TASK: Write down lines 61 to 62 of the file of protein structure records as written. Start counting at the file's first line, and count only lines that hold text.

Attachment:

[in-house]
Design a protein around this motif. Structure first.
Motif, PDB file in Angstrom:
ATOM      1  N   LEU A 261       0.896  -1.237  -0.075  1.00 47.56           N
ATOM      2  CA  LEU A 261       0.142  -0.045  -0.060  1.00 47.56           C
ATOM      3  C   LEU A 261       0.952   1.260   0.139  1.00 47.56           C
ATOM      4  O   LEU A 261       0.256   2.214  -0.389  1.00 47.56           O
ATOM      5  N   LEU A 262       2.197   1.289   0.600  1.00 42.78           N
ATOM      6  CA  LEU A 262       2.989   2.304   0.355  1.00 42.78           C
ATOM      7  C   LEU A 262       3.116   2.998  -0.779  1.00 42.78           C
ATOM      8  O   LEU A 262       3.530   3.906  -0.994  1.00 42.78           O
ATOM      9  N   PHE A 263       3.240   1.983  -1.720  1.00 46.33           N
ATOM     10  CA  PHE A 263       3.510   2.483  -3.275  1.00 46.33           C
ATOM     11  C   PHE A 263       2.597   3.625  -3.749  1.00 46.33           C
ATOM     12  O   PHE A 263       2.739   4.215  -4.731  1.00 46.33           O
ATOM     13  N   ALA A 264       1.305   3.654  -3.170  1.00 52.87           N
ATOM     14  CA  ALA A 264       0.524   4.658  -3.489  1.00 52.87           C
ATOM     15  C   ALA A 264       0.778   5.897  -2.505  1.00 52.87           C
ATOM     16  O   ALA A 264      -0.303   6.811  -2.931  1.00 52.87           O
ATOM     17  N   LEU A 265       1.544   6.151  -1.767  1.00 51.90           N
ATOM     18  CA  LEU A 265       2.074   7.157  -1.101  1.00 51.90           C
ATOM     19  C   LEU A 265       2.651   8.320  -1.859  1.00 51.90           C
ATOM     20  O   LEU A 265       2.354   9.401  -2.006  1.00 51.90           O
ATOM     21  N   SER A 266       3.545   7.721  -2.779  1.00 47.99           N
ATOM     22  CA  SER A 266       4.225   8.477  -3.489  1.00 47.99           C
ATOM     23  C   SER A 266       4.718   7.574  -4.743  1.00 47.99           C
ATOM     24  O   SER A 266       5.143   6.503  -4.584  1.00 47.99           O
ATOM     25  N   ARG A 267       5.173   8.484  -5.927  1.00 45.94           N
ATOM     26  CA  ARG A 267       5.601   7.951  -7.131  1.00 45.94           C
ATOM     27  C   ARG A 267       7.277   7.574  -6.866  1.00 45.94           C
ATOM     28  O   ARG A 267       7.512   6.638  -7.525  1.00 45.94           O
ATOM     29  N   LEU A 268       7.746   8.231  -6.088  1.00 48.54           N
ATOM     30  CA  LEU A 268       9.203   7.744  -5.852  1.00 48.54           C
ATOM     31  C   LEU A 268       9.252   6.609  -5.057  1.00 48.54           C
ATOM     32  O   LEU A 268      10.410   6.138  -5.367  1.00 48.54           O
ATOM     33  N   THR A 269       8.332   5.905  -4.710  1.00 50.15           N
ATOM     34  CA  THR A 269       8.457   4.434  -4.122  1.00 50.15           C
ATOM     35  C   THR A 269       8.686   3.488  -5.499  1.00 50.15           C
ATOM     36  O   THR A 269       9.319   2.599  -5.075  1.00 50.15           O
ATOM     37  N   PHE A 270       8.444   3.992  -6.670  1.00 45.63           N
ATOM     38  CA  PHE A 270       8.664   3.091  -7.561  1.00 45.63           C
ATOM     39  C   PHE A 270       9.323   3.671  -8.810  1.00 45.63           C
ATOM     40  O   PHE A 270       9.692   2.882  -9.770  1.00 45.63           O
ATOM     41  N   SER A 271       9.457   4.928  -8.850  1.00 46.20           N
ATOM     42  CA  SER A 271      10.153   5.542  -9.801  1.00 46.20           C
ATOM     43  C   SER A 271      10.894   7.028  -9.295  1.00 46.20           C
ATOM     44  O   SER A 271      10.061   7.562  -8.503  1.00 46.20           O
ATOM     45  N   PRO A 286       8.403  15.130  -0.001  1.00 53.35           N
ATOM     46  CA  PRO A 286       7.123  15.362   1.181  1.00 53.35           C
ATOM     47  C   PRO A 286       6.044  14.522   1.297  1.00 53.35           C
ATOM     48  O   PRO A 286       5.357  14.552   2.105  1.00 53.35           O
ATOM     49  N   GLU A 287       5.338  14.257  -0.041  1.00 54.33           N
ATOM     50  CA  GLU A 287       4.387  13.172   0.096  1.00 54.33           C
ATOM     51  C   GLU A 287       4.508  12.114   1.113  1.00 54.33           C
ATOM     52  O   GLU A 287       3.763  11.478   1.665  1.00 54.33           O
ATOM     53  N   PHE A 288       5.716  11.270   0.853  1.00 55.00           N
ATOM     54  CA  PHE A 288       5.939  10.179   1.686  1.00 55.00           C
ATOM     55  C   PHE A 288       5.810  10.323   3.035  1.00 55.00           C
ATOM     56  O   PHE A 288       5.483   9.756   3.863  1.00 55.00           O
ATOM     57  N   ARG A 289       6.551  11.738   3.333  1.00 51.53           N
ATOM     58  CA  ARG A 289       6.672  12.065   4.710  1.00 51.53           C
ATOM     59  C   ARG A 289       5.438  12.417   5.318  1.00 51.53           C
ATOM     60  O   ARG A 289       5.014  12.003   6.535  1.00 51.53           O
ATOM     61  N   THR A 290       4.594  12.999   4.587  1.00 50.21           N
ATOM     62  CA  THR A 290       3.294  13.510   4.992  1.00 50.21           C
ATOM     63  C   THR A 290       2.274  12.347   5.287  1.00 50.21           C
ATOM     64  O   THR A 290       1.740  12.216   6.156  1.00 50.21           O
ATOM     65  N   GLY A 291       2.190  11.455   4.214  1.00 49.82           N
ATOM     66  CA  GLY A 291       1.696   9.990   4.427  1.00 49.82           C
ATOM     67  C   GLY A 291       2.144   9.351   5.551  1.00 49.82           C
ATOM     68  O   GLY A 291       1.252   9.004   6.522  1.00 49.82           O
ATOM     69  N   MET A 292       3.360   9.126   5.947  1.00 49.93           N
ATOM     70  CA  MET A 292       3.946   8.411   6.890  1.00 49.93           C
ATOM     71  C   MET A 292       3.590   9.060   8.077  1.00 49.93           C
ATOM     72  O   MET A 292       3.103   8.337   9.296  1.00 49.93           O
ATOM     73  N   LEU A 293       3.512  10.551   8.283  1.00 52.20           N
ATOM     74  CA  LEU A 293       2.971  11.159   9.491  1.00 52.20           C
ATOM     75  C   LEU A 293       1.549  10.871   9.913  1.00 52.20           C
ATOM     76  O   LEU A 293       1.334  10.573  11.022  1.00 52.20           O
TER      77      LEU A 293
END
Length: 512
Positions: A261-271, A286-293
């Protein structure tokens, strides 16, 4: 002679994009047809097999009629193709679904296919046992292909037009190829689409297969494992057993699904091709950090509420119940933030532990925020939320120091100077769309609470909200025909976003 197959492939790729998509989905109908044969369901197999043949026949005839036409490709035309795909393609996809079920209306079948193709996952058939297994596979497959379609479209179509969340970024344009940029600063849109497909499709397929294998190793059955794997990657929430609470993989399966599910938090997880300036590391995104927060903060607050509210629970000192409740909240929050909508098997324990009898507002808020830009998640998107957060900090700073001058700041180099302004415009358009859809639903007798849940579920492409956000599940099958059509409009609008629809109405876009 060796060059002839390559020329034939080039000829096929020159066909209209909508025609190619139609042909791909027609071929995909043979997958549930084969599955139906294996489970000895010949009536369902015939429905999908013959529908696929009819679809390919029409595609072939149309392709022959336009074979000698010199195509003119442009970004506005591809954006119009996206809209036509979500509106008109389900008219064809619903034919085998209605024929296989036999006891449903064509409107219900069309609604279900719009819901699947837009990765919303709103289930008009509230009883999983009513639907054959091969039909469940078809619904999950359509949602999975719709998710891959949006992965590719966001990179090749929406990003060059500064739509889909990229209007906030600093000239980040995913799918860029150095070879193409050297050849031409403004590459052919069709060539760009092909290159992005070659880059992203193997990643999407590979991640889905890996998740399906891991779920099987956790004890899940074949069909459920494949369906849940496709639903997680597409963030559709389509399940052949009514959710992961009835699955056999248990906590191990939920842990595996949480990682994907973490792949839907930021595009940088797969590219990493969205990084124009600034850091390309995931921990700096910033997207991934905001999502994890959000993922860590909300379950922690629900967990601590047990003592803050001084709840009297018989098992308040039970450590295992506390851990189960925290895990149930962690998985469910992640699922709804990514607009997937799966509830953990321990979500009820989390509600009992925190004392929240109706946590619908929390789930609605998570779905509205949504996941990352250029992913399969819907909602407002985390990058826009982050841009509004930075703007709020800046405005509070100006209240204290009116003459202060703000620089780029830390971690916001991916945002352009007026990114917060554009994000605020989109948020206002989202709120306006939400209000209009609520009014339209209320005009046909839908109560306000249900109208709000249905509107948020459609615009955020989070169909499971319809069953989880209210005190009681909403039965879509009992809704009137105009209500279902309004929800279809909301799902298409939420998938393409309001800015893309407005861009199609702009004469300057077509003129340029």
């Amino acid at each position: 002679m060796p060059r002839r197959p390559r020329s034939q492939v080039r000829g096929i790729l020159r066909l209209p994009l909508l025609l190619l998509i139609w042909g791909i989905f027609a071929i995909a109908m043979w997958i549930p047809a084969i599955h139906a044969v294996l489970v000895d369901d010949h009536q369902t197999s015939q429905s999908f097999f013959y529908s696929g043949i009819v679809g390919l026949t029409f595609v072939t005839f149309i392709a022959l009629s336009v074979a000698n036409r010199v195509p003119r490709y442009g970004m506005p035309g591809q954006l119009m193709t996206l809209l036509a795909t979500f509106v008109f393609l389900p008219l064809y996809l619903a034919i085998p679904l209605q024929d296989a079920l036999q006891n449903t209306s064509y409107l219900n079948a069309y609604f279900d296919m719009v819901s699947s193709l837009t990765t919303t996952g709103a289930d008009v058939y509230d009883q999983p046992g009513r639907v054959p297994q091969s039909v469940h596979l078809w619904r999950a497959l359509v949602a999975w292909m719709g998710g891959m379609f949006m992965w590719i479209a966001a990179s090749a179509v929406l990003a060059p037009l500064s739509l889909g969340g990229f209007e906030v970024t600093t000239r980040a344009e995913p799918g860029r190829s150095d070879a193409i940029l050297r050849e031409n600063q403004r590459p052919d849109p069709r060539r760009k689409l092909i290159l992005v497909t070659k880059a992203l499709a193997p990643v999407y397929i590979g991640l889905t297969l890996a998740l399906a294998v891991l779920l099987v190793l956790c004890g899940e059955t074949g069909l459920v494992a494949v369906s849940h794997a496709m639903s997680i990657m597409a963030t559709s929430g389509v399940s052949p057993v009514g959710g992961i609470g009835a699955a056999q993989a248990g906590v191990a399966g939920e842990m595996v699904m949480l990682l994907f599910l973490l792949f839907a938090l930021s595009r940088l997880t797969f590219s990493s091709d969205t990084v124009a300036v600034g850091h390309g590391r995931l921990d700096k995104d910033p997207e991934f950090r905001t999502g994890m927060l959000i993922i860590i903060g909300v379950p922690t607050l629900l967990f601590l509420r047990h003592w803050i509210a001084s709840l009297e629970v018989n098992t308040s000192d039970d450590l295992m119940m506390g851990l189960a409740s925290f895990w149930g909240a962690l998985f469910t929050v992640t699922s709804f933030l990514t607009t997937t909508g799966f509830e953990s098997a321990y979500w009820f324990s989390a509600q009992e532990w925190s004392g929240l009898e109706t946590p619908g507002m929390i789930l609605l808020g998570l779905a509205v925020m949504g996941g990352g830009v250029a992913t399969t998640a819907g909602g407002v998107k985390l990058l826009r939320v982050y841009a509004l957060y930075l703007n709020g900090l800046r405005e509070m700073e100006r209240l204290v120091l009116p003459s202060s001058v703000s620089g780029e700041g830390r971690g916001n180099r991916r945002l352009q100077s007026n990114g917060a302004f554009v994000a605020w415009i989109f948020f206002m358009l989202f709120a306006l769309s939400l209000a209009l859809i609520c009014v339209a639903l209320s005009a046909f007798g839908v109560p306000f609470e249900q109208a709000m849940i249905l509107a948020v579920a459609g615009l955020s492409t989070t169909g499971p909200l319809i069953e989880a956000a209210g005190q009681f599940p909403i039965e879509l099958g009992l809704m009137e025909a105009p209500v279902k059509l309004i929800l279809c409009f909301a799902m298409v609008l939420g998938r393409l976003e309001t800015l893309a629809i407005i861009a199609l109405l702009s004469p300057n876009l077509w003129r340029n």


ATOM     58  CA  ARG A 289       6.672  12.065   4.710  1.00 51.53           C
ATOM     59  C   ARG A 289       5.438  12.417   5.318  1.00 51.53           C